By Ryan K. Boman
On January 31, 1999, Shohei “Giant” Baba died of cancer in Tokyo, Japan.
Born January 23, 1938 in Sanjo, Niigata, Japan, Baba was originally a right-handed pitcher in the minor league system for the Yomiuri Giants, before becoming a professional wrestler.
Baba had signed with the team at the age of 17 and appeared in three games with the Giants.
Japanese Wrestling Association owner Rikidozan would discover Baba while he was still playing pro ball, and decided to train him in his dojo. In what would be a pairing that would forever change puroresu history, Baba’s training partner was future legend Antonio Inoki. The two young wrestlers, along with their trainer, are now widely considered the three most influential men in Japanese wrestling history.
Six months later, Baba and Inoki, made their professional debuts on the same card. In the 1960s, Baba would go on to stardom in Japan, while also becoming a regular opponent of American champions. He would battle for both the NWA and WWWF World titles during the decade.
In 1972, Japanese Wrestling Association had started to falter, so each of its top two stars departed to begin their own companies. Inoki would launch New Japan Pro Wrestling, while Baba began promoting cards under the name, All-Japan Wrestling.
Baba would go on to hold the NWA World Heavyweight Championship three times in the 1970s, with each reign lasting less than a week and the American titleholder eventually regaining the belt quickly.
He was more often compared to Andre the Giant. To many fans in the North America who only heard of Japanese wrestling, Giant Baba was often generally identified as the ‘Japanese Andre.’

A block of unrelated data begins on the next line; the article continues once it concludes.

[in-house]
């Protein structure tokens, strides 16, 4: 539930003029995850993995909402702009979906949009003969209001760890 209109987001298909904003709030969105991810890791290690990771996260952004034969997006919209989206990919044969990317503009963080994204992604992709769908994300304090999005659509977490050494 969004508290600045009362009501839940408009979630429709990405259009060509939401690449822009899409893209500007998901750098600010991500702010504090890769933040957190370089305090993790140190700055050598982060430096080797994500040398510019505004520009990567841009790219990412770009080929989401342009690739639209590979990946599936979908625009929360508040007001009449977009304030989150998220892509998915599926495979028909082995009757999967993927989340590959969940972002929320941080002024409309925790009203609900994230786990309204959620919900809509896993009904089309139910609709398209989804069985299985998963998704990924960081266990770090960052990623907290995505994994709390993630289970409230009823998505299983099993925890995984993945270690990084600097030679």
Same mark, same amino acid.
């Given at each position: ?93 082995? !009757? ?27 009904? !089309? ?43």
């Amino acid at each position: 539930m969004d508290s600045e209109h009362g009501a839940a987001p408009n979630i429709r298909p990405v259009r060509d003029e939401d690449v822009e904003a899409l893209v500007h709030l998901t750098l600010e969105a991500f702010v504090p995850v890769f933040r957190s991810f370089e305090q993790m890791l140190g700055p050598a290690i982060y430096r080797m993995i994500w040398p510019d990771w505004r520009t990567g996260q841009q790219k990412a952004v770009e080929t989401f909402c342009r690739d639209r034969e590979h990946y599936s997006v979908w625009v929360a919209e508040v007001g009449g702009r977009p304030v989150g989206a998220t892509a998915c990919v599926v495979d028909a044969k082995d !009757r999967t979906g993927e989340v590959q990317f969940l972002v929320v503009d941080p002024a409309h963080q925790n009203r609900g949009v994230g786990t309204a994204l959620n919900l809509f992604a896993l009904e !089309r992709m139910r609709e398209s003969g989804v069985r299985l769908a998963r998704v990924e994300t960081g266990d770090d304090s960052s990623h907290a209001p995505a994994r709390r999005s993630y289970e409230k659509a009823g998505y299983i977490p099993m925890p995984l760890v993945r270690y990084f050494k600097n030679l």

Under the guidance of Baba, All Japan would go on a run of 250 straight sellouts in Tokyo’s Budokan Hall, and continue to be one of the nation’s top two promotions with Inoki’s New Japan. During his time running the promotion, Baba was forced to develop new stars, and he did… Names like Kenta Kobashi, Akira Taue, and Toshiaki Kawada emerged under his watch.
Even as one of the top promoters in the world, he continued to always have success in the ring. Baba was a four-time PWF World Heavyweight Champion, three time NWA International Heavyweight Champion and a three-time NWA World Heavyweight Champion.
began his final comeback in 1994 when he and longtime rival Stan Hansen teamed for the World’s Strongest Tag Determination League. They were eliminated in the finals.
Baba is one of the most honored men in puroresu history and fondly remembered for his honesty as a promoter. He was a frequent partner of several NWA members over the years, while not often venturing to wrestle in the States.
In late January 1999, an already ill Shohei Baba attended a match where Toshiaki Kawada defeated Mitsuhara Misawa for the All Japan Triple Crown Championship.
Nine days later, he succumbed to cancer. He was 61 years old.